Monday, August 10, 2009
New Place, New Life
I've been in Yaoundé for a week now- I was here briefly in 2005 and 2006, but this feels completely different. For better or worse, I think I'm an expat now...
It's been a major transition already, and this may be a bit stream-of-consciousness, but I'm going to recount the highlights of the past week as best I can.
I arrive on Monday night courtesy of Air France, after two long flights- Washington to Paris, and Paris to Yaoundé, Cameroon's capital. Having flown into several African capitals over the past couple years, I could tell right away that this is very different. As opposed to airports in Niamey, Juba, and N'djamena, Nsimalen airport in Yaoundé doesn't feel like it's falling apart- it's small, but clean, and didn't feel much different than the airport in small town anywhere, USA. Getting through passport control is efficient, my WHO Yellow Fever vaccination is checked quickly, and our bags come off the carousel within a few minutes of getting in.
Once I collect my bags, I get my first sense of how this is going to be different than anything I've done before. I see a sign with my name on it, and go over to the two people waiting. Hotance, the Administrative Assistant for CRS, greets me in English, asks me about my trip, and helps me with my bags. Here's the strange part- we've barely left the airport when she hands me a sleek black mobile phone (+237 75059009, if you feel like calling), and an envelope with 41,000 FCFA (about $88).
"The phone is prepaid, so you don't need to worry about buying credit- we unblocked the international calls, so you can call home as you'd like," she says. "The money is per diem for two days." When I was a Peace Corps volunteer, that money would have lasted a month in my village.
Arriving at the CRS office, I see my new place for the first time. It's enormous. The office itself is a converted four-unit apartment building in Bastos, the nicest district of Yaoundé. They've left one of the apartments as-is for me, and honestly, I'm not sure what I'm going to do with the space. I have three bedrooms (one of which is converted to a living room), three bathrooms, a kitchen, pantry, air-conditioning, and fast internet access. This is definitely not Peace Corps, Mercy Corps, or anything else.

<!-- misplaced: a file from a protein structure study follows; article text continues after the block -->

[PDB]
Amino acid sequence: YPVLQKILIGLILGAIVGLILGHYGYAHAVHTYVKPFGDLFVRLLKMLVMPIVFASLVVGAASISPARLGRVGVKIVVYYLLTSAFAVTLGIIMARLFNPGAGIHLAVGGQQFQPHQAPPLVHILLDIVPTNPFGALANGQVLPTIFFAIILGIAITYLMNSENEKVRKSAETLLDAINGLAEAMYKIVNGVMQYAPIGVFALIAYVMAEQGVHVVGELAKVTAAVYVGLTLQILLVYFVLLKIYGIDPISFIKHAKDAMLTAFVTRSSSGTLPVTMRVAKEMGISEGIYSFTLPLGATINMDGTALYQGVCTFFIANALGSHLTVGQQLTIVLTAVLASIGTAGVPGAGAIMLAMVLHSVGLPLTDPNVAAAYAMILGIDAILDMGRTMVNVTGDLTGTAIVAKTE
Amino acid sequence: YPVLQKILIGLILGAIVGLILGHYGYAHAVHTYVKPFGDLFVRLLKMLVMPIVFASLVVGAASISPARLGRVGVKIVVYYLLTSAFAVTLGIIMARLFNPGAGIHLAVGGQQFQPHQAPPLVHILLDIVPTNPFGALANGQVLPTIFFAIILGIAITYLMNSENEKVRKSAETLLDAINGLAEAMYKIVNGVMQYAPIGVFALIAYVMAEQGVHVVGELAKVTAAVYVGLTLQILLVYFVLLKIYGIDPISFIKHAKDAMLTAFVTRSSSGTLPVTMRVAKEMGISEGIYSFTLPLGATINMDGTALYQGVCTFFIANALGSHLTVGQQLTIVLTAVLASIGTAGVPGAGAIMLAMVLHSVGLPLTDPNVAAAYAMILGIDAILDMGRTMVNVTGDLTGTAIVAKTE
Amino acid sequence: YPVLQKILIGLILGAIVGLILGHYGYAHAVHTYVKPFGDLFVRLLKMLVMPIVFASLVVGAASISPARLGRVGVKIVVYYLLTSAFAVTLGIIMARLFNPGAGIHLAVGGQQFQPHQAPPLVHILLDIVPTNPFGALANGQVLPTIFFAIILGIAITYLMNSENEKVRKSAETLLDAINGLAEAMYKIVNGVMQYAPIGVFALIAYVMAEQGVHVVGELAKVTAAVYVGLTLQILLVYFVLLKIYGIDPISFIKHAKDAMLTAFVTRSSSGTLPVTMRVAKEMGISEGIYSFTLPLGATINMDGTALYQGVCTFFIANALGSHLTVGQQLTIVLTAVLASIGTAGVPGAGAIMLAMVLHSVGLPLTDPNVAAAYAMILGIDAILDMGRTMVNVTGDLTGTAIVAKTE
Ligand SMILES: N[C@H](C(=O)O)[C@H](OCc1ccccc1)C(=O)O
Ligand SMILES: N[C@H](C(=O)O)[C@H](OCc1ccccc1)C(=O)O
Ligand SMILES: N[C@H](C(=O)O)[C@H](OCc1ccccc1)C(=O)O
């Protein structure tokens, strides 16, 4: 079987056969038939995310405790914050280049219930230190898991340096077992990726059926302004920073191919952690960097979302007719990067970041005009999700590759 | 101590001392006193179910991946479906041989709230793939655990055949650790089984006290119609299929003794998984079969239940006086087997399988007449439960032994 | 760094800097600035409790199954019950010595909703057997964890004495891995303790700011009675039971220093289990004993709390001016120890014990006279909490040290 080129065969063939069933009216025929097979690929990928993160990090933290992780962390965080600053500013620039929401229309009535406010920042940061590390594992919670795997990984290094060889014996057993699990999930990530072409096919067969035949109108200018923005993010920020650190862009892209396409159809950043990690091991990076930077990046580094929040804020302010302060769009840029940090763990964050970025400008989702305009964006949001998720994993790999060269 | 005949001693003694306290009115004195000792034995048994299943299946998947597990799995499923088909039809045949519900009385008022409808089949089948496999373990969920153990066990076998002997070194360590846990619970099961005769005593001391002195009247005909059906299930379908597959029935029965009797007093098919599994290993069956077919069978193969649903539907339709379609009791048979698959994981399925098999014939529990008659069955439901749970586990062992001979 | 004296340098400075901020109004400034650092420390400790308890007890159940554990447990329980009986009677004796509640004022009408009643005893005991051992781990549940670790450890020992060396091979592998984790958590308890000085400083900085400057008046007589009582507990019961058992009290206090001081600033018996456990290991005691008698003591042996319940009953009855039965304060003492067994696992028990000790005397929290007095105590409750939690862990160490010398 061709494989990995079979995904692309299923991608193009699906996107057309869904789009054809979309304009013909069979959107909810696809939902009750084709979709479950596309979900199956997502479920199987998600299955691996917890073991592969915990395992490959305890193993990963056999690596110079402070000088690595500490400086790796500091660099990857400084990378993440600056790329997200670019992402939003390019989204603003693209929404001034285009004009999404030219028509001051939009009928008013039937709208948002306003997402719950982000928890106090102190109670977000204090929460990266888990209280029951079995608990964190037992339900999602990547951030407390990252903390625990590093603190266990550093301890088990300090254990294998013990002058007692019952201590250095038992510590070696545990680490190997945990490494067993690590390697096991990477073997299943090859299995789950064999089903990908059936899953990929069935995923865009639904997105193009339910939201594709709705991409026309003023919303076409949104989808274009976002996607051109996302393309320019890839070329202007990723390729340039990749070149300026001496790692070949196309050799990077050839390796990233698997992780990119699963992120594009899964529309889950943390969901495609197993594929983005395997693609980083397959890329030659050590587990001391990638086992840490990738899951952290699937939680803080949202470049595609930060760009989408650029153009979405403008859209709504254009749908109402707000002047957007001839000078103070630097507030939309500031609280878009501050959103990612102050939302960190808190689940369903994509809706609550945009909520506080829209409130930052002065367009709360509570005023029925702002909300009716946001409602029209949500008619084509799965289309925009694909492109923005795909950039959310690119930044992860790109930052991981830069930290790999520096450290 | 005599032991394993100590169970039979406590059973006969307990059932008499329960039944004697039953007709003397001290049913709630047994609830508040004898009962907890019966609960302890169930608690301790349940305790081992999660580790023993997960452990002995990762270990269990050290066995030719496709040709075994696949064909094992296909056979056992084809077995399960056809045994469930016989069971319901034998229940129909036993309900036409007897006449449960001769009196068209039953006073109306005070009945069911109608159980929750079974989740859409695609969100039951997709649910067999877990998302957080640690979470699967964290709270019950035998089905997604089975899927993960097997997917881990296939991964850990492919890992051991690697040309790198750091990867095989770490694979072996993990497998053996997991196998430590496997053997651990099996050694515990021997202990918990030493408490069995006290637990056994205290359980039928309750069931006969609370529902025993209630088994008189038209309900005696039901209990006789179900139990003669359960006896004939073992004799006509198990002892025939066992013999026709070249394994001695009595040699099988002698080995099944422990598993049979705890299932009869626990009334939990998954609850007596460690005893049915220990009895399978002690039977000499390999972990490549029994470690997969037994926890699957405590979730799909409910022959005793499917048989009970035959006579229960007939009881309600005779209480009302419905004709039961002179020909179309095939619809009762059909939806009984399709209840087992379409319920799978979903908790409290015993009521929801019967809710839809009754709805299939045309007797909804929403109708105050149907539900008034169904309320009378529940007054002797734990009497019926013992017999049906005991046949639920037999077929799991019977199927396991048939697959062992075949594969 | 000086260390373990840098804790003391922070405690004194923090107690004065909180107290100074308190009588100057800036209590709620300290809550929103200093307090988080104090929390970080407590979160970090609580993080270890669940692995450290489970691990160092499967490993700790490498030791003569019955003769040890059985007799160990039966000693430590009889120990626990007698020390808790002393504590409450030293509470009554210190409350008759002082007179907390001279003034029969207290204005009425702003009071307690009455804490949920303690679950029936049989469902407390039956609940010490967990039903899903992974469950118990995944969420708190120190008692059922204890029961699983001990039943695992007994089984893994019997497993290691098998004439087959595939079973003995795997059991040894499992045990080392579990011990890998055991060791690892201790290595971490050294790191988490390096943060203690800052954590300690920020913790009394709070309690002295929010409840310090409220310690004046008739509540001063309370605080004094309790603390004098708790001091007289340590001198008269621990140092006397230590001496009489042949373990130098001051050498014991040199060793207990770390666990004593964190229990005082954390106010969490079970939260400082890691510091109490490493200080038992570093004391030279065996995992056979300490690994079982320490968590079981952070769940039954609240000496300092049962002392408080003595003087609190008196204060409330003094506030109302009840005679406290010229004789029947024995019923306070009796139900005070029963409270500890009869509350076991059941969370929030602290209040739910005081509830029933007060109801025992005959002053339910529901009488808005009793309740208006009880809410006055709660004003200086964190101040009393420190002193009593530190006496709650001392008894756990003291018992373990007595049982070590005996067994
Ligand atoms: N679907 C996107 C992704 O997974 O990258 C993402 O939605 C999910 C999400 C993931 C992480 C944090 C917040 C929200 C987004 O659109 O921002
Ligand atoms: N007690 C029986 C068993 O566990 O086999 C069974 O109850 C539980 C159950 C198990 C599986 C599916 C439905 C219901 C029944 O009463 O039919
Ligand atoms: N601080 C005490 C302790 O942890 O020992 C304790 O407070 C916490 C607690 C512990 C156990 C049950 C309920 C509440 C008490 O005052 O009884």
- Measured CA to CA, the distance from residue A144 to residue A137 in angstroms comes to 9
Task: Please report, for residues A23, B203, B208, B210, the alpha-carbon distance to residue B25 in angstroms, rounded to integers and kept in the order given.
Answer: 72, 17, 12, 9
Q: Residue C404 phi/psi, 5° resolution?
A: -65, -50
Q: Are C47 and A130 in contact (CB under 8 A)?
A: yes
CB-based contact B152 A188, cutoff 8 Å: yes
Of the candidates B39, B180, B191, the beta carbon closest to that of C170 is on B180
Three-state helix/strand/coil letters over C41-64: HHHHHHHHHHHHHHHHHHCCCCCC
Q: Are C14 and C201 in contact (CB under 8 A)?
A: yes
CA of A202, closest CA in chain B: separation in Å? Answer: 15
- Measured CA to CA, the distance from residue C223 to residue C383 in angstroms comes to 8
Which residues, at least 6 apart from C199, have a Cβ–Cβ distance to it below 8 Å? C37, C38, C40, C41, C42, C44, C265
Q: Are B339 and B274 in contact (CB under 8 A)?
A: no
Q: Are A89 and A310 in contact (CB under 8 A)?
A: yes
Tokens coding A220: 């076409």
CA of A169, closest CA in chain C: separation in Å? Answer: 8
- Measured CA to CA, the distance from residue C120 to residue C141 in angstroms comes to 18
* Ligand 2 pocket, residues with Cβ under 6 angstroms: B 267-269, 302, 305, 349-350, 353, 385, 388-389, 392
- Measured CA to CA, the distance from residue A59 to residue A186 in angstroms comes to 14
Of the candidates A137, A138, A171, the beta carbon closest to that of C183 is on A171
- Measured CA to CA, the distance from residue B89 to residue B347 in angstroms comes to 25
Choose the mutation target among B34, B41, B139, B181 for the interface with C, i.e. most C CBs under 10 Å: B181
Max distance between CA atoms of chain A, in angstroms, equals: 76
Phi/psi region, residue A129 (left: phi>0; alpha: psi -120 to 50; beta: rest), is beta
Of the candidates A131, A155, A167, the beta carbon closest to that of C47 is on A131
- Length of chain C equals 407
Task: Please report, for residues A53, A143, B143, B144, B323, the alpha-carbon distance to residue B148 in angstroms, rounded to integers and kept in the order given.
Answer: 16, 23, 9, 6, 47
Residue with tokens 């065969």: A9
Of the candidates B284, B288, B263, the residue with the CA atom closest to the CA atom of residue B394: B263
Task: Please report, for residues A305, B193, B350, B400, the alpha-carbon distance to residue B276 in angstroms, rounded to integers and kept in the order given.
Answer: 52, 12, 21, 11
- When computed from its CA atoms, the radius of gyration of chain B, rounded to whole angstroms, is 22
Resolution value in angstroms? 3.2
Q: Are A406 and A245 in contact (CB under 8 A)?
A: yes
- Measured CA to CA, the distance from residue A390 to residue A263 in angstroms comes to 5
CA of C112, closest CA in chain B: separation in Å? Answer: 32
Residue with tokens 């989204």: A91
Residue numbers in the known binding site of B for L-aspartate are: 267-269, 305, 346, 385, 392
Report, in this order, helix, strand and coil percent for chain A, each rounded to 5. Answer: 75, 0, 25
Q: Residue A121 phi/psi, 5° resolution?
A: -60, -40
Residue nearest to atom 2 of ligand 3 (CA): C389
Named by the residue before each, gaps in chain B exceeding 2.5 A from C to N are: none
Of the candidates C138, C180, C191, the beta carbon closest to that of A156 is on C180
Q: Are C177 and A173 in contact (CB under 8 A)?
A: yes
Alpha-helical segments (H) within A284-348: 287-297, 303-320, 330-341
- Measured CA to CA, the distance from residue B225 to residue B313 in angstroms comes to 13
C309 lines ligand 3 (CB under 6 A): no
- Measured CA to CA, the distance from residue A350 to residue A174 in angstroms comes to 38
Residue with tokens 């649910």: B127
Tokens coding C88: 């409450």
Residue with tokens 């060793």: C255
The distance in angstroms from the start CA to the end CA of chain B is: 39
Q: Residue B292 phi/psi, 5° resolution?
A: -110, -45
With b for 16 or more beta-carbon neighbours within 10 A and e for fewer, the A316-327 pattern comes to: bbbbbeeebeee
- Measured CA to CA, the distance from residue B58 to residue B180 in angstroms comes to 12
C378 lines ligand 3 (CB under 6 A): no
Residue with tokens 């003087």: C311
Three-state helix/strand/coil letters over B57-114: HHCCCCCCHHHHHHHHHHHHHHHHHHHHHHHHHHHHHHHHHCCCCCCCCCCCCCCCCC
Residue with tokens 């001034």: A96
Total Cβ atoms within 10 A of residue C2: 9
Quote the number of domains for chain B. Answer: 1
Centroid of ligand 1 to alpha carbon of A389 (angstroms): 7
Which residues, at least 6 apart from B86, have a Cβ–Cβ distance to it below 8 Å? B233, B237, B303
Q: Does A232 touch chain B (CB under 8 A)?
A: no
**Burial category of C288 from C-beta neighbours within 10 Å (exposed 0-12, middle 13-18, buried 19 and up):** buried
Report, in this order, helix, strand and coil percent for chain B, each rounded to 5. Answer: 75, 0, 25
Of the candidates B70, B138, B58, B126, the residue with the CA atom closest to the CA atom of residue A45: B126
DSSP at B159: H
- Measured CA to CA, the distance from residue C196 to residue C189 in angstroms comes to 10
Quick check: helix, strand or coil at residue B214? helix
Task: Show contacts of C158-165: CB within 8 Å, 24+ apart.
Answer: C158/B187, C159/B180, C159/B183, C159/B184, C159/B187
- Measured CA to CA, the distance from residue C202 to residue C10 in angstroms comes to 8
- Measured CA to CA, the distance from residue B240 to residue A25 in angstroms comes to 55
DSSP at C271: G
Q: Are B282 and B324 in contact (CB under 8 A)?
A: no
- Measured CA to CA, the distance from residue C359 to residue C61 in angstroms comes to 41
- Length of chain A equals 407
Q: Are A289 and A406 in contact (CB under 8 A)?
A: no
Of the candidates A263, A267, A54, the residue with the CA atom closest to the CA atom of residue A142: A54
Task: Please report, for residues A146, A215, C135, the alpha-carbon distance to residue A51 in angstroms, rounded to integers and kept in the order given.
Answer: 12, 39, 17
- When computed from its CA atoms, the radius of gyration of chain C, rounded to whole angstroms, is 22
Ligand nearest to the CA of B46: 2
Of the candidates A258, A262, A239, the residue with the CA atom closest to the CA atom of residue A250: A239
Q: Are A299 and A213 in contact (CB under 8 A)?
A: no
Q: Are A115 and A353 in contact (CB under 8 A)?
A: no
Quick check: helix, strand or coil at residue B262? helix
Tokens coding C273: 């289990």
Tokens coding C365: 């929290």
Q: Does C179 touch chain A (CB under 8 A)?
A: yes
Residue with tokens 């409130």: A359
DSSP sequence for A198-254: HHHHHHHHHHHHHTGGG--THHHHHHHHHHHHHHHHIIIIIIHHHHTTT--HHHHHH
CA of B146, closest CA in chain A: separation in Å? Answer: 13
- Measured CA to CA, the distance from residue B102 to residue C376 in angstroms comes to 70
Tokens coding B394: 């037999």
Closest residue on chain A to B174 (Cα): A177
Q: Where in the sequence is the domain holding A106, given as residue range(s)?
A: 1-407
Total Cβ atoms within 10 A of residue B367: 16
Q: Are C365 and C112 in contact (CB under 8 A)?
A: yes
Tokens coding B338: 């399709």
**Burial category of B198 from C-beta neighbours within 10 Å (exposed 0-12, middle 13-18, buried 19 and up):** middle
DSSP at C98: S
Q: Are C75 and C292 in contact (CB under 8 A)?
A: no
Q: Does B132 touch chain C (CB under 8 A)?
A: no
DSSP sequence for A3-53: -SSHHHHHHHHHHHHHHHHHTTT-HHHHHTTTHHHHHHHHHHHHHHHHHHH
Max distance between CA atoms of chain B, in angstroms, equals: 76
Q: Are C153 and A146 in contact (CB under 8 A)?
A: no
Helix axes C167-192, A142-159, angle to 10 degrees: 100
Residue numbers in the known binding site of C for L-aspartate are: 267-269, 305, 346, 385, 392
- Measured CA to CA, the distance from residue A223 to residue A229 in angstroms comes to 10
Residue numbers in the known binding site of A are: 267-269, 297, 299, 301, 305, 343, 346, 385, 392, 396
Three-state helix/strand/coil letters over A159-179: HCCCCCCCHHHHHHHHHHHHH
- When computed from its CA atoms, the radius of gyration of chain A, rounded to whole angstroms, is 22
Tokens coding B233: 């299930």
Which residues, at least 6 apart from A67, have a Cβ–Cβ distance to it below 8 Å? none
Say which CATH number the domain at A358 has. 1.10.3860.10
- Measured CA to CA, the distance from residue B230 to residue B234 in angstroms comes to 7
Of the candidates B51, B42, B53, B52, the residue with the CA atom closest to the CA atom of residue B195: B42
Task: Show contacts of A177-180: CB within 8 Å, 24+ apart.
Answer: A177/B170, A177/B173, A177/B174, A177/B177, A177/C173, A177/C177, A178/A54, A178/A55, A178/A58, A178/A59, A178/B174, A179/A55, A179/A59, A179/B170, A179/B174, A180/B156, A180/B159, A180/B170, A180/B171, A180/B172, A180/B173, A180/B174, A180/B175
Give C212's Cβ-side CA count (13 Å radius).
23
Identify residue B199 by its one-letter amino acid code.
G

The next morning, I wake up to the sound of singing. Seriously.
It's not exactly on key, and I can't make out what's being said, but I'm interested. I unlock the door to the apartment and find myself face-to-face with a smallish older woman wearing a black dress and a yellow headscarf, carrying a mop.
"Good morning, sir!" she exclaims.
"Good morning, how are you?" I ask. "I'm Nathaniel."
"With Jesus, sir!" she says. I nod, not entirely sure how to respond.
"My name is Mommy Grace," she continues. "For 30 years, I've worked here. I've been here longer than anyone."
Wow. 30 years- I haven't been alive 30 years.
Later in the morning, after I have a chance to meet the rest of the staff, Margaret, a Cameroonian and the acting Country Representative, takes me aside.
"We've set up interviews with a few possible housekeepers," she says. "One of them is here now."
I try to think about what I'm going to say, and go to meet Odelia, one of the women interested in a job I didn't know I'd advertised. I immediately get a good feeling from her- she's warm, friendly, and brings a stack of recommendation letters. I let her know that I'll get back in touch with her within a couple days, but I've already decided that she's the one.